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Woman holding binoculars Join today and get outside at one of our 60+ wildlife sanctuaries.
Northern Harrier flying
Northern Harrier © Kyle Wilmarth

Important Bird Area: Marblehead Neck

Map of the Marblehead Neck IBA site

Nominated By

Jan Smith


296 acres

Towns and Counties

Marblehead; Essex


Mass Audubon, Town of Marblehead

Major Habitats

migratory stopover site 100%, urban/suburban 75%, oak-conifer forest 8%, marine/tidal 5%, coastal beach 2%; northern hardwood forest, cultural grassland, emergent freshwater wetland, salt marsh, lake/pond, river/stream <1%

Land Use

nature & wildlife, conservation/ land trust, utility right-of-way, suburban/residential

Serious Threats

non-native invasive plants, introduced animals, residential/commercial development, disturbance to birds or habitat

Minor Threats

predators, recreation overuse

IBA Criteria

  • Category 1: Sites containing assemblages of species characteristic of a representative, rare, threatened, or unique habitat within the state or region.
  • Category 4: Land Birds: The site is an important migratory stopover or seasonal concentration site for migratory land birds (e.g., warblers). Sites may also qualify on the basis of supporting exceptionally high densities of breeding species as shown from point counts or other surveys or if they represent "migrant traps" relative to surrounding areas. Strong consideration will be given to areas with consistently high overall species diversity.

Site Description

The IBA consists of a 17-acre Mass Audubon sanctuary, and two town-preserved rock outcrops. The majority of the remaining upland is privately owned large-lot residential developments. This site is a peninsula projecting northeast into Massachusetts Bay from the main peninsula of Marblehead and serves as a causeway for automobile traffic. The shoreline is rocky with several stretches of cobblestone beach. The upland is mostly residential developments with several "pocket" wetland and the Mass Audubon sanctuary. The historically open habitat of the upland portion of the peninsula has matured into forest and early successional shrubland.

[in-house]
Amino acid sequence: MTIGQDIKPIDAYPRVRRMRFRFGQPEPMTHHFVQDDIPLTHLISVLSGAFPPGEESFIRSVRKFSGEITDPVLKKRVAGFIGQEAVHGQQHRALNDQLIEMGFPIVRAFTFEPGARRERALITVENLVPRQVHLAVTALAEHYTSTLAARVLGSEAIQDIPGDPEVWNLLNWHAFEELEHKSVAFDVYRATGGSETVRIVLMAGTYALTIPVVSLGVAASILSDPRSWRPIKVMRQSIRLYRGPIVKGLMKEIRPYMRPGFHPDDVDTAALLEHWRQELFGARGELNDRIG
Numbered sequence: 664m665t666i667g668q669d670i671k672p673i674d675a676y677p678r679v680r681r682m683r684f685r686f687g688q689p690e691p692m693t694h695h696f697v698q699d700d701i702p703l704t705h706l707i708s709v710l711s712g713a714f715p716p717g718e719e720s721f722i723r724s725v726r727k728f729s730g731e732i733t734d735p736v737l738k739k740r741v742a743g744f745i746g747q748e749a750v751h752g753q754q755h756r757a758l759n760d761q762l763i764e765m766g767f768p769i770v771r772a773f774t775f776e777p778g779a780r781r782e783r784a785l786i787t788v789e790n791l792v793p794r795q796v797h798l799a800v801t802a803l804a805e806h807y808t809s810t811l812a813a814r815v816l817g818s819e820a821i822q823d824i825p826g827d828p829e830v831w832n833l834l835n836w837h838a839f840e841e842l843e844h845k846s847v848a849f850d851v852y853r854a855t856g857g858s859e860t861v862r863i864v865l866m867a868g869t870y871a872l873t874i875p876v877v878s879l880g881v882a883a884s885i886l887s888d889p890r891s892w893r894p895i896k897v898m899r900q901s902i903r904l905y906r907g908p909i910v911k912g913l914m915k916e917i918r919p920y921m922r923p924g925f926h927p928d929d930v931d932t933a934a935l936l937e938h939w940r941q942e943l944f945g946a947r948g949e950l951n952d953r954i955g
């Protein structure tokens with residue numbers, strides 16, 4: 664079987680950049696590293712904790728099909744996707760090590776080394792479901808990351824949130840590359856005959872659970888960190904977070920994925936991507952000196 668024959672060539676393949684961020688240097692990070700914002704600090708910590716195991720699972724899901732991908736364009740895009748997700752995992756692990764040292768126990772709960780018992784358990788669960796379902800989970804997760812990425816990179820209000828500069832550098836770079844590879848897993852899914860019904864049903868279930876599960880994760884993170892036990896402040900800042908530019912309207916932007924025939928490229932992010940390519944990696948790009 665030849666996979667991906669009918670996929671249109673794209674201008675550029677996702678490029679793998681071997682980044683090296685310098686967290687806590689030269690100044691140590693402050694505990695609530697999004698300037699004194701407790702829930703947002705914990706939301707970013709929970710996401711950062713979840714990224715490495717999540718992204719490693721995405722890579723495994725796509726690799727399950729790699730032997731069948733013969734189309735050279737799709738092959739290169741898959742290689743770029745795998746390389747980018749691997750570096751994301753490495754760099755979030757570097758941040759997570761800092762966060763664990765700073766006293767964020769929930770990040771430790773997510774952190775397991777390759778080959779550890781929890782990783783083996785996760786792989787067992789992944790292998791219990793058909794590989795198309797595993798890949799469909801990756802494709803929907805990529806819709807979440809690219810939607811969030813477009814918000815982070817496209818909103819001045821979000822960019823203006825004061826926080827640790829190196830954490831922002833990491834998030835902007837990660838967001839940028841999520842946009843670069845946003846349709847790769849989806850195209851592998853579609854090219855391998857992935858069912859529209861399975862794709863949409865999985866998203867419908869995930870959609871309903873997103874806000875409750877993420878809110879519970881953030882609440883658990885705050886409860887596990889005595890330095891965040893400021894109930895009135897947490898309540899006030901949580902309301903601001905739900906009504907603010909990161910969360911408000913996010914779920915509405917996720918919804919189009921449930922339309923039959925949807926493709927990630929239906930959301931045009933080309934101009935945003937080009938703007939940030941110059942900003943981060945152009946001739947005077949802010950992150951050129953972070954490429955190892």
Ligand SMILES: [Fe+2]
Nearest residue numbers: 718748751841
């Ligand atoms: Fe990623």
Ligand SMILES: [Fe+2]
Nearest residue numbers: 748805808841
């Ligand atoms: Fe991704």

Current Conservation Status

In the natural areas, invasive non-native plants (multiflora rose, European buckthorn, Tartarian honeysuckle, Norway maple, Japanese knotweed, and Oriental bittersweet) have steadily invaded the site over the past 40 years. Mass Audubon has done some invasive plant control efforts, girdling Norway maple and cutting back multiflora rose and Tartarian honeysuckle. Several volunteers are attempting to control Japanese knotweed. Due to the proximity of the residential area, feral pets and dogs frequent the site. Predators such as raccoons, foxes, and skunks are present in significant populations. Succession has closed the canopy of the Audubon sanctuary property, with forested lands increasing at the expense of open shrubby forest. No real efforts are being made to alter this succession, with the effect being that landfalls of migrant birds are being attracted increasingly to adjacent residential gardens. Disturbance is high due to extensive noise from residential activities (landscaping, construction, auto and truck traffic), as well as from airplanes overhead that originate at Logan International Airport.

Ornithological Significance

The site is a well-known coastal migrant trap, attracting large fallouts of migrants in both spring and fall when weather conditions are suitable. The natural areas provide stopover habitat for migrant birds. Among the >175 species annually recorded during migration at the site, there are two state endangered, one state threatened, and five state-listed species of special concern, and many regional high conservation priority species. Fallout numbers of land birds often number in the thousands of individuals.

Other Flora or Fauna of Significance

None known.

Data Sources

Source data for high conservation priority species estimates based on Bird Observer, 1991 records, and personal observation.